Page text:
Large packets of cigarettes being loaded up in the Paraguayan border town of Alberdí, July 18, 2013.
Phil Bird / Flickr

As a small country of 6.9 million inhabitants, Paraguay rarely draws international attention. Unlike some of its neighbors, it does not face debilitating violence, nor is it overwhelmed by paramilitary or gang activity. In fact, Paraguay has enjoyed economic growth in recent years. But beyond its apparent normalcy, the nation is grappling with pervasive corruption and organized crime.

One particular sector seems to play a significant role in the nation's corruption-related challenges—Paraguay's tobacco industry. According to a 2009 study by Uruguay’s Tobacco Epidemic Research Center (CIET), Paraguay accounts for approximately 11 percent of the world’s supply of contraband cigarettes. Paraguayan cigarette manufacturers produced 68 billion cigarettes in 2006, more than 20 times what the country consumes. Estimates suggest that 90 percent of the nation’s production—worth an estimated $1 billion—disappears every year to the black market.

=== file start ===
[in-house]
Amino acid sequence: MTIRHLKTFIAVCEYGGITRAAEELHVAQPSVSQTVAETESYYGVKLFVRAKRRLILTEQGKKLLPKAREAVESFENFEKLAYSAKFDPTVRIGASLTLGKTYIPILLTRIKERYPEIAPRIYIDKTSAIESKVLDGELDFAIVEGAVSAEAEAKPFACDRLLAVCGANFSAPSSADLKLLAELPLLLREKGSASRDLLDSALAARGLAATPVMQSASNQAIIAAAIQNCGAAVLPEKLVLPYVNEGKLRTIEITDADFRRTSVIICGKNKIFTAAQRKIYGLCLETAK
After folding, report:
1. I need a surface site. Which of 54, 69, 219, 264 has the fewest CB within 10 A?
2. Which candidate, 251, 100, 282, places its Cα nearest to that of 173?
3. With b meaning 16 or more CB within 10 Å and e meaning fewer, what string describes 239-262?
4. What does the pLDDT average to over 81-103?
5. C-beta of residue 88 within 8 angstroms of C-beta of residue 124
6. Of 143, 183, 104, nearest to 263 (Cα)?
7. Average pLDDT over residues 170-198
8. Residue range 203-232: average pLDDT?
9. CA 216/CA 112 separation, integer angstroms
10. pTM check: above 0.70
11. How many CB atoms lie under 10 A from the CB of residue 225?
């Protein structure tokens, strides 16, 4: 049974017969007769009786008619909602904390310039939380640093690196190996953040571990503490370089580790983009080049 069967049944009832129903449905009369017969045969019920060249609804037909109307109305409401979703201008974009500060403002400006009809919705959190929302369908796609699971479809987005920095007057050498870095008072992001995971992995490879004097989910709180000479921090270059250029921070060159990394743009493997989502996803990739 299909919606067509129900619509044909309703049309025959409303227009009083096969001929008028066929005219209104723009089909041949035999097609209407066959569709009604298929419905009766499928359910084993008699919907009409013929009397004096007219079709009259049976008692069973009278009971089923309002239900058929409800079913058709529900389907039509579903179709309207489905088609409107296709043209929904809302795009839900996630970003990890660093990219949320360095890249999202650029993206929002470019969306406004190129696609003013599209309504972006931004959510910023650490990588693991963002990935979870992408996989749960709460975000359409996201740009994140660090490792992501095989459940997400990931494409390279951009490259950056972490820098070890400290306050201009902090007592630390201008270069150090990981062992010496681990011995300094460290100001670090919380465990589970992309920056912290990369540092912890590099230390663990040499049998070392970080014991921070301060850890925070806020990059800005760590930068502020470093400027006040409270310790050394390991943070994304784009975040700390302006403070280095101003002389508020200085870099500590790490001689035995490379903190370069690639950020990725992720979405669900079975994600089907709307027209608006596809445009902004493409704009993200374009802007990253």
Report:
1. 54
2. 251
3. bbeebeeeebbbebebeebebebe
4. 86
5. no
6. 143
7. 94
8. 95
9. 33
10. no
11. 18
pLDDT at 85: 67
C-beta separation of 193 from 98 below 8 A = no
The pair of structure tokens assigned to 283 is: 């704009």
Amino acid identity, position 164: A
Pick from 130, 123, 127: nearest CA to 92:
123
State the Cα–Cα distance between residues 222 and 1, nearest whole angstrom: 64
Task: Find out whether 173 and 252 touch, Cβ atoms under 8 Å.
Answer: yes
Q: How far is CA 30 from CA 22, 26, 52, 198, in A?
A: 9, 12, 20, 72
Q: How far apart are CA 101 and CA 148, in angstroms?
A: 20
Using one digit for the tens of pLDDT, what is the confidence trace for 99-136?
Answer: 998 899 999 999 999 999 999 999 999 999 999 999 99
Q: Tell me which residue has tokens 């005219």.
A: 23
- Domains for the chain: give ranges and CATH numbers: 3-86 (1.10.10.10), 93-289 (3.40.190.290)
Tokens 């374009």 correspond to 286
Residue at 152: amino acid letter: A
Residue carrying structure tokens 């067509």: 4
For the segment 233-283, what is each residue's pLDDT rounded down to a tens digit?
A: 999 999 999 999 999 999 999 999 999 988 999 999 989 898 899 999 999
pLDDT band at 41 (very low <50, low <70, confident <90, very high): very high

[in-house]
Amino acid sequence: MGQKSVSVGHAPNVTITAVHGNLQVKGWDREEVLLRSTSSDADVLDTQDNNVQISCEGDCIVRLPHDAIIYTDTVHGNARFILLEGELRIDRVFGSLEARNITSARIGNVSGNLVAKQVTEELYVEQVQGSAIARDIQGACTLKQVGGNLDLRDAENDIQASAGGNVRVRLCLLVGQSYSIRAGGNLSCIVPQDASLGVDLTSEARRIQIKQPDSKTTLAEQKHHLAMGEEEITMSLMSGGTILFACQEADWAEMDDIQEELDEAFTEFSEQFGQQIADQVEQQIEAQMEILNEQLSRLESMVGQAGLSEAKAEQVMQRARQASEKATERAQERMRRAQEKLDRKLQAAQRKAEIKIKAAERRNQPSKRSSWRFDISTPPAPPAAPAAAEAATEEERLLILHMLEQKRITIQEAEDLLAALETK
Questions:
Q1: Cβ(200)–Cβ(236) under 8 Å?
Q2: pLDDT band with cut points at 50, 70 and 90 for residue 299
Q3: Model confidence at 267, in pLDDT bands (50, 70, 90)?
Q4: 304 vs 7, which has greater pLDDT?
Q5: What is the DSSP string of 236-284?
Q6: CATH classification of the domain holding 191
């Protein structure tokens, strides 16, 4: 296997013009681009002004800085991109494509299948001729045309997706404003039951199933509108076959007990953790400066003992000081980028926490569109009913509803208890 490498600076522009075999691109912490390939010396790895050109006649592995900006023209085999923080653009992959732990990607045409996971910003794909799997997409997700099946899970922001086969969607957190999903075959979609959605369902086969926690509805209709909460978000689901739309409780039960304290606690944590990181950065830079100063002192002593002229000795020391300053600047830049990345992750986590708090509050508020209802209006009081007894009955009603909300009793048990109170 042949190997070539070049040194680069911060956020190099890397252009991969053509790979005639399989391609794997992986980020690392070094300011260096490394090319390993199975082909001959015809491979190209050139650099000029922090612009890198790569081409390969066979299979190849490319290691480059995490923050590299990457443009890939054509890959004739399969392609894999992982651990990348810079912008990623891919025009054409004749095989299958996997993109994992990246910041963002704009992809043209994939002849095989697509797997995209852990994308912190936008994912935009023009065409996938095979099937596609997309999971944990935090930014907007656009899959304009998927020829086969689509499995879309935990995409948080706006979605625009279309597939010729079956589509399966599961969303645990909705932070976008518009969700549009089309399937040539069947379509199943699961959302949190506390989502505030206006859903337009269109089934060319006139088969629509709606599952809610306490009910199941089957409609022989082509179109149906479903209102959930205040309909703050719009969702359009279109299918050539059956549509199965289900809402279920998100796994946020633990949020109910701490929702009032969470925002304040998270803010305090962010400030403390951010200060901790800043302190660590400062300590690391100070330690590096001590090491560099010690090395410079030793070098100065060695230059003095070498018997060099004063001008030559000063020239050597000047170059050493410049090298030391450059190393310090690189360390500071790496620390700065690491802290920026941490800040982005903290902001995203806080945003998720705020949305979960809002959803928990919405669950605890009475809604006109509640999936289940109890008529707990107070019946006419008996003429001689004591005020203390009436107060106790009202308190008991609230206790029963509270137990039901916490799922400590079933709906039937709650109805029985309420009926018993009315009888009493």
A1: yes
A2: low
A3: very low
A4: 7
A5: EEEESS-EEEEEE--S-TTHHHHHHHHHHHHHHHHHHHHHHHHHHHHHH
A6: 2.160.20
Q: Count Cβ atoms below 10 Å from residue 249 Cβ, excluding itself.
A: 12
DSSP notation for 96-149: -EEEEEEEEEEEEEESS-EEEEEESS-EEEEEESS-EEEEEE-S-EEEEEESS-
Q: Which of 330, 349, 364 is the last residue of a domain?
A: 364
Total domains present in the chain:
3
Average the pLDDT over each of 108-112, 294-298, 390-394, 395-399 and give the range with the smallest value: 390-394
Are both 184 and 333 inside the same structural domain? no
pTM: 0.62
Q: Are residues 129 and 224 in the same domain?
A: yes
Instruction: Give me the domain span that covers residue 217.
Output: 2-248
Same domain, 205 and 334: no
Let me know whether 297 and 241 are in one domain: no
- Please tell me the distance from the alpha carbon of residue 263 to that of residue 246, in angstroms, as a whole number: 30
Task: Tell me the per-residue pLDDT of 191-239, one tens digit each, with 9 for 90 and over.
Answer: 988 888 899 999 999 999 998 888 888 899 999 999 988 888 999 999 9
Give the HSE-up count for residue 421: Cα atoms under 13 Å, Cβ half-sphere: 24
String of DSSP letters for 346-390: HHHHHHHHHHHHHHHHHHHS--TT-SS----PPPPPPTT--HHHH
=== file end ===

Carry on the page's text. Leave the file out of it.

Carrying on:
More recent figures paint a similar picture. In 2013, the International Tax and Investment Center (ITIC) put Paraguay’

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  • BENOÎT GOMIS is an Associate Fellow at Chatham House, a Research Associate at Simon Fraser University, and the author of Counterterrorism: Reassessing the Policy Response.
  • NATALIA CARRILLO BOTERO is a Research Fellow of the Global Tobacco Control Research team at Simon Fraser University, Canada.
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